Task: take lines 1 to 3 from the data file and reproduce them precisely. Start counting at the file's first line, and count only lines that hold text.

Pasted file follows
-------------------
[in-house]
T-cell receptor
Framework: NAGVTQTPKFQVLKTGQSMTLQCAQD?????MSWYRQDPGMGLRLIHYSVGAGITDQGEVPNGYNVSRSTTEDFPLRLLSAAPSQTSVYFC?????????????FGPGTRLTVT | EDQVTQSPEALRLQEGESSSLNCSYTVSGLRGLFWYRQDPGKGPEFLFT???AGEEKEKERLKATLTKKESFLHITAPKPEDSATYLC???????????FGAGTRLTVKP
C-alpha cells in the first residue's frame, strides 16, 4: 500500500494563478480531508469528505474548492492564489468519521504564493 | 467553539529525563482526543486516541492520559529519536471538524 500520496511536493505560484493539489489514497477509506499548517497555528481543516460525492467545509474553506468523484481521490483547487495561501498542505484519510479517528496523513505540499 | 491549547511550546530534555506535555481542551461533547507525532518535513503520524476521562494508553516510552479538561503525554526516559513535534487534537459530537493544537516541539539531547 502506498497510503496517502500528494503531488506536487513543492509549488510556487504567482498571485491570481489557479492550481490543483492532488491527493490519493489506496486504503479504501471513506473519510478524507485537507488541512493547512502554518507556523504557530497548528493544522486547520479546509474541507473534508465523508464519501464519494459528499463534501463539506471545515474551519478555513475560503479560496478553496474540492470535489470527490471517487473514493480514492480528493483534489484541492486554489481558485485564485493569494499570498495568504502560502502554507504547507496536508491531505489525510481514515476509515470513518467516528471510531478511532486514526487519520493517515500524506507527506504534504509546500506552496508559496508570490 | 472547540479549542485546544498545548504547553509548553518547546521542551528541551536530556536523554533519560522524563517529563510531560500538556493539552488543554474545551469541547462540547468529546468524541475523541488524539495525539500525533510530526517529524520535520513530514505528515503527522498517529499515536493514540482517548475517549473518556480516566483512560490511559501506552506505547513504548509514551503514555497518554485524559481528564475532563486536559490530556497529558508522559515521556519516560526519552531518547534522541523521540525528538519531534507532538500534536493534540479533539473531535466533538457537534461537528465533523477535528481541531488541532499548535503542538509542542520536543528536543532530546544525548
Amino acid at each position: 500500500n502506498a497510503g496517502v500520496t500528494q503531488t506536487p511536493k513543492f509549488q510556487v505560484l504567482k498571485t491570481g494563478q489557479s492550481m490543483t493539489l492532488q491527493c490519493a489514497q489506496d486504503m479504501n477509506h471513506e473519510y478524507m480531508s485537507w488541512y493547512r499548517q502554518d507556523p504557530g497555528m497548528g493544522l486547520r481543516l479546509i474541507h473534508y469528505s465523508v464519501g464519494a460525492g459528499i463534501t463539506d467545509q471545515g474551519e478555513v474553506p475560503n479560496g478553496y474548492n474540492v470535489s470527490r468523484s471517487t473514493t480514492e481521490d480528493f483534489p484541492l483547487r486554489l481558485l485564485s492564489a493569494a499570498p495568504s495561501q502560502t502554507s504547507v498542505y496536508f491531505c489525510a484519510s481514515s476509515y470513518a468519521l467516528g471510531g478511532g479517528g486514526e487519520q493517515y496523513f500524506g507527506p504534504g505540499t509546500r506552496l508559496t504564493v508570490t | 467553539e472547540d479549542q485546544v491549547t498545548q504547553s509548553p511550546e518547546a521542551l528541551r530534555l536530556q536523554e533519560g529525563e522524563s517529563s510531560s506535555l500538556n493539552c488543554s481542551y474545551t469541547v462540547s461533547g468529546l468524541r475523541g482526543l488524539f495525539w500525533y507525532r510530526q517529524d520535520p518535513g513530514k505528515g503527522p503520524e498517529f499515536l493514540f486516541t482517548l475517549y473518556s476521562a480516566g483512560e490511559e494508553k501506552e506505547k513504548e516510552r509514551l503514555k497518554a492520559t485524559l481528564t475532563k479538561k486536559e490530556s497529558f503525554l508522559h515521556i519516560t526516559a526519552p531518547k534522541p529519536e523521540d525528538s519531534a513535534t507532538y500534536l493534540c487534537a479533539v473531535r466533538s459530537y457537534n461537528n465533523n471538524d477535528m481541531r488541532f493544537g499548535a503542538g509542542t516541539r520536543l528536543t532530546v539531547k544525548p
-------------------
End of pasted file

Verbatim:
[in-house]
T-cell receptor
Framework: NAGVTQTPKFQVLKTGQSMTLQCAQD?????MSWYRQDPGMGLRLIHYSVGAGITDQGEVPNGYNVSRSTTEDFPLRLLSAAPSQTSVYFC?????????????FGPGTRLTVT | EDQVTQSPEALRLQEGESSSLNCSYTVSGLRGLFWYRQDPGKGPEFLFT???AGEEKEKERLKATLTKKESFLHITAPKPEDSATYLC???????????FGAGTRLTVKP